THE EFFICIENCY OF TRUST
MARK WILLIAMS I S THE NE W CE O OF THE TORONTO SYMPHONY ORCHE S TRA. HE HA S SER VED IN LE ADER SHIP R OLE S WI TH THE CLE VEL AND ORCHE S TRA AND THE SAN FRANCI S CO SYMPHONY
LC: From San Francisco to Cleveland and now Toronto, how have you developed your leadership style?
MW: Trust and integrity are fundamental for me, but they require give and take. A dictatorial approach can get you so far, but without trust, you don’t have speed. Speed in business is incredibly important, and the primary driver of speed is trust.
LC: Okay. Why?
MW: If I trust you, you come to me and say: this thing you did, it’s not working. We skip the doubt or defensive “you’re trying to get my job” or “you’ve never liked me” parts. Established trust means I know that what you’re saying is for my good and the good of the company. And I can immediately get to solutions. Action. We’ve saved a lot of time and emotional energy. A facilitator recently presented trust as an equation: T = C + R + I/O (trust equals credibility plus reliability plus intimacy divided by self-orientation, or ego). So if you are credible, you’re reliable, you can develop intimacy with people, but divide that by a very high ego and that makes trust or vulnerability more difficult. The lower the ego, the faster we can arrive at trust. I started in this business when I was 22 years old. I was young, black and I’ve always looked younger than I am. I felt people assumed that I didn’t know what I was doing. So it’s also about credibility for me. I wanted to walk into a room and I wanted you to know that I know what I’m doing. Now I’m at a different stage in my career. People don’t question my credibility. So what happens if I continue to lead in that way? What happens to your team when they constantly feel they’re being tested? Instead, I want to know: What motivates you? What are your values? And this establishes intimacy and trust. Intimacy in a professional context, of course!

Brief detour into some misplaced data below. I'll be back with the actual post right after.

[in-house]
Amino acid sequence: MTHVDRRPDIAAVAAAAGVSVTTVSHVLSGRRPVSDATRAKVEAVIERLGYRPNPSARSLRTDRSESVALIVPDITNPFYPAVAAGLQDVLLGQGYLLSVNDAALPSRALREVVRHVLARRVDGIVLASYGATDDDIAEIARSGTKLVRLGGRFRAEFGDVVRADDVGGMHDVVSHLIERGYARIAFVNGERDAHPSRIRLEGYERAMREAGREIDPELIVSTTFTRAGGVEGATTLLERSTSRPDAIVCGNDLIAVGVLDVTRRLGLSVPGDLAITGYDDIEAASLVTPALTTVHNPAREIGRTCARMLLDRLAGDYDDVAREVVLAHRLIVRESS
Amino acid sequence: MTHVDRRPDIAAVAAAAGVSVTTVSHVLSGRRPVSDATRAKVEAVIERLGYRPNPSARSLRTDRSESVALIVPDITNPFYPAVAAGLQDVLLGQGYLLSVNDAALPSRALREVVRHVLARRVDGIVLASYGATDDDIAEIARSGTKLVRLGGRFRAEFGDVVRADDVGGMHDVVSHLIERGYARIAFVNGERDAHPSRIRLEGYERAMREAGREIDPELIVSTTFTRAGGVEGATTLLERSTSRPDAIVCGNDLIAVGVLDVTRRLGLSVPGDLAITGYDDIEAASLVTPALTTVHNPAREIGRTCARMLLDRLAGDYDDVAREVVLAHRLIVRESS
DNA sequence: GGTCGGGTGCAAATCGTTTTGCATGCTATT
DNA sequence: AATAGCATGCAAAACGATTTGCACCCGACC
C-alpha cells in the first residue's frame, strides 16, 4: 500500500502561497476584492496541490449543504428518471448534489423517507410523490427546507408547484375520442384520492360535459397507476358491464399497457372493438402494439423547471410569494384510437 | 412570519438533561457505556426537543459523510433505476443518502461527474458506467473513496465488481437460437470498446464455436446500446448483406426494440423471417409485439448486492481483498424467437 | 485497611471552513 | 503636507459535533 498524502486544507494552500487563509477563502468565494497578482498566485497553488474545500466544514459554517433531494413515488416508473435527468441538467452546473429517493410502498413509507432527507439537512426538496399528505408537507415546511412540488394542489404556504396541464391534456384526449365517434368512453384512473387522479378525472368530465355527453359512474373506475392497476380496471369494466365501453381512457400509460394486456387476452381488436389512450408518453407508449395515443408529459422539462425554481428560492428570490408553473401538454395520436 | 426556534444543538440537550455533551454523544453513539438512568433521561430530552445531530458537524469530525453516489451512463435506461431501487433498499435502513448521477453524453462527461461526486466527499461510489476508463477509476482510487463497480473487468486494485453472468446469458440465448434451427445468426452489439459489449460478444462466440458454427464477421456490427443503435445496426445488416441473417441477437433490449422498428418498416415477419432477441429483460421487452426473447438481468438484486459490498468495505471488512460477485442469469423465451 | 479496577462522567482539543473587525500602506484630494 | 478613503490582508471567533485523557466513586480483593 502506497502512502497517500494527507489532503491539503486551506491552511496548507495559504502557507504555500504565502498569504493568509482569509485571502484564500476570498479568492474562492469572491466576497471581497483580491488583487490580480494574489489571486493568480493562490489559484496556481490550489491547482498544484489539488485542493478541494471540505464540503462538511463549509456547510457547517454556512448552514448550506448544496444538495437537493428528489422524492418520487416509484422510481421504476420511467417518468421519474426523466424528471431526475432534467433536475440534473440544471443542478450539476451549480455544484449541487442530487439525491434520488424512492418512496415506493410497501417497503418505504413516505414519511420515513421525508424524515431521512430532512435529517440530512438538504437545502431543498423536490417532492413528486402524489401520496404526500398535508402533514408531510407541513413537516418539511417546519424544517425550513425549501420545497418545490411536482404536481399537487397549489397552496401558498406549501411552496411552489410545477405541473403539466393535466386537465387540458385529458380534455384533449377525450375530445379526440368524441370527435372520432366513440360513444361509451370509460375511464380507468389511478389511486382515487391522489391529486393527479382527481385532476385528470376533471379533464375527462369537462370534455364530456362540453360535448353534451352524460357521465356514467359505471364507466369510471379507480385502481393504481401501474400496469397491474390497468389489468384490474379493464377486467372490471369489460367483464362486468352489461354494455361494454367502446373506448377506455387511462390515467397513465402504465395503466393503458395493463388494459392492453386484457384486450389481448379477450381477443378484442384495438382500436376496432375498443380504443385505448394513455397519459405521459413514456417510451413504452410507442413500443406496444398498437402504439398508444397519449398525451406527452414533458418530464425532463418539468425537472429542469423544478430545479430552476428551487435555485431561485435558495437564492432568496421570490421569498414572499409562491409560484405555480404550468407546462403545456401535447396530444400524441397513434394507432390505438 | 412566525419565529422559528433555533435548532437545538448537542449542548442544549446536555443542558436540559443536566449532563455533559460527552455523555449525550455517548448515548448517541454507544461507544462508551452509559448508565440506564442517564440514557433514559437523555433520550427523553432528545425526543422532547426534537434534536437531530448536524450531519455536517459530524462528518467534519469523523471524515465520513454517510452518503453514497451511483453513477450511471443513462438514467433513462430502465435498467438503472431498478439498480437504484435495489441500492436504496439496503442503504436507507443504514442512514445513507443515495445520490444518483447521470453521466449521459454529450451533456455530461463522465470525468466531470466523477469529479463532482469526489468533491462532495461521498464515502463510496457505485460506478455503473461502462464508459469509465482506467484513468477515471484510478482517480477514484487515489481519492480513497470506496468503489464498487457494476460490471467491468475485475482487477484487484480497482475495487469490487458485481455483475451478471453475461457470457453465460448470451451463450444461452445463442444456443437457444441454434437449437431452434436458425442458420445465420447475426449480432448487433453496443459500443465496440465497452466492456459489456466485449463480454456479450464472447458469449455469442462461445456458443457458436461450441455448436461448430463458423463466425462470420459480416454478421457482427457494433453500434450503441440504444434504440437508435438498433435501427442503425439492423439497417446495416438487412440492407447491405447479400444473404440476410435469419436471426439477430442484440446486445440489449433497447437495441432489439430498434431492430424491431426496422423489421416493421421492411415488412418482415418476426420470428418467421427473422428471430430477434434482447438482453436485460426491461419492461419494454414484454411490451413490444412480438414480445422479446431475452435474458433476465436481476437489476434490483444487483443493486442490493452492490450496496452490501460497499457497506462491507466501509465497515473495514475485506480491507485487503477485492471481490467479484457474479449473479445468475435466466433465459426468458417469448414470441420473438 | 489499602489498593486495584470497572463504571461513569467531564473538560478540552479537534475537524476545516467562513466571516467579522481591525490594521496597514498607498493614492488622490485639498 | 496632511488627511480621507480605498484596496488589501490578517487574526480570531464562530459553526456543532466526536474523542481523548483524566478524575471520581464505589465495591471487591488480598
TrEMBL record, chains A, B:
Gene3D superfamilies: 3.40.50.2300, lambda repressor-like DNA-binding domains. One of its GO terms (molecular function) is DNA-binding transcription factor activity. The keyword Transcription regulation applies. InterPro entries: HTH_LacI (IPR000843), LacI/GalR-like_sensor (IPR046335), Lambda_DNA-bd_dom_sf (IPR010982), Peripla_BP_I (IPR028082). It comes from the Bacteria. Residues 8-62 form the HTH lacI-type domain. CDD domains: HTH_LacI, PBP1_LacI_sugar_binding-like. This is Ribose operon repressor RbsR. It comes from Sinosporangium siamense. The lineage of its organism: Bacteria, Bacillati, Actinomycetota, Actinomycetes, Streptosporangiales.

LC: Of course! Well, confidence follows competence.
MW: Leadership also takes vulnerability. You become a leader because you’re good at doing things. But as you get to the top, you are responsible for fewer day to day tasks. Your work is supporting everyone else, coaching and nudging a thousand things along. The value that you bring to an organization goes from what you do to who you are.
LC: Do you have a practice as a leader about which you’re particularly proud?
MW: I was recently meeting with some students in the arts administration program at Centennial College. Fabulous, curious young people, they asked me about management training, and I haven’t done a lot of that, but I have done a lot of therapy. I said, “Do you know how much of the family dynamic gets worked out at the office? You think you can run a company without learning how to manage your own family or your own feelings?”
LC: Speaking of leadership as who you are, in my consulting, I see executive women working in a sea of employees. They are coached to conform to a very safe, predictable archetype. Ironically, they are coming from diverse backgrounds, but soon, they talk in jargon, they sound the same, they dress the same…
MW: So the question should be, what do I bring that’s unique? One can’t bring everything to work. But we can be shades of ourselves.
LC: Because what we’re really after is diversity of thought.
MW: It’s not just diversity for diversity’s sake. Though sometimes it makes people feel good that they’ve done something. But does it move the art or the business forward? It just breeds resentment because it becomes tokenism.
LC: It takes meaningful investment over decades so children are mentored and have access. A propos, let’s talk Toronto. To access many of the communities in our city, you need a car. And most arts organizations miss this strategic piece, because they don’t get out there. So what does that say? Why should these millions of people care? Most aren’t even aware of the TSO’s existence!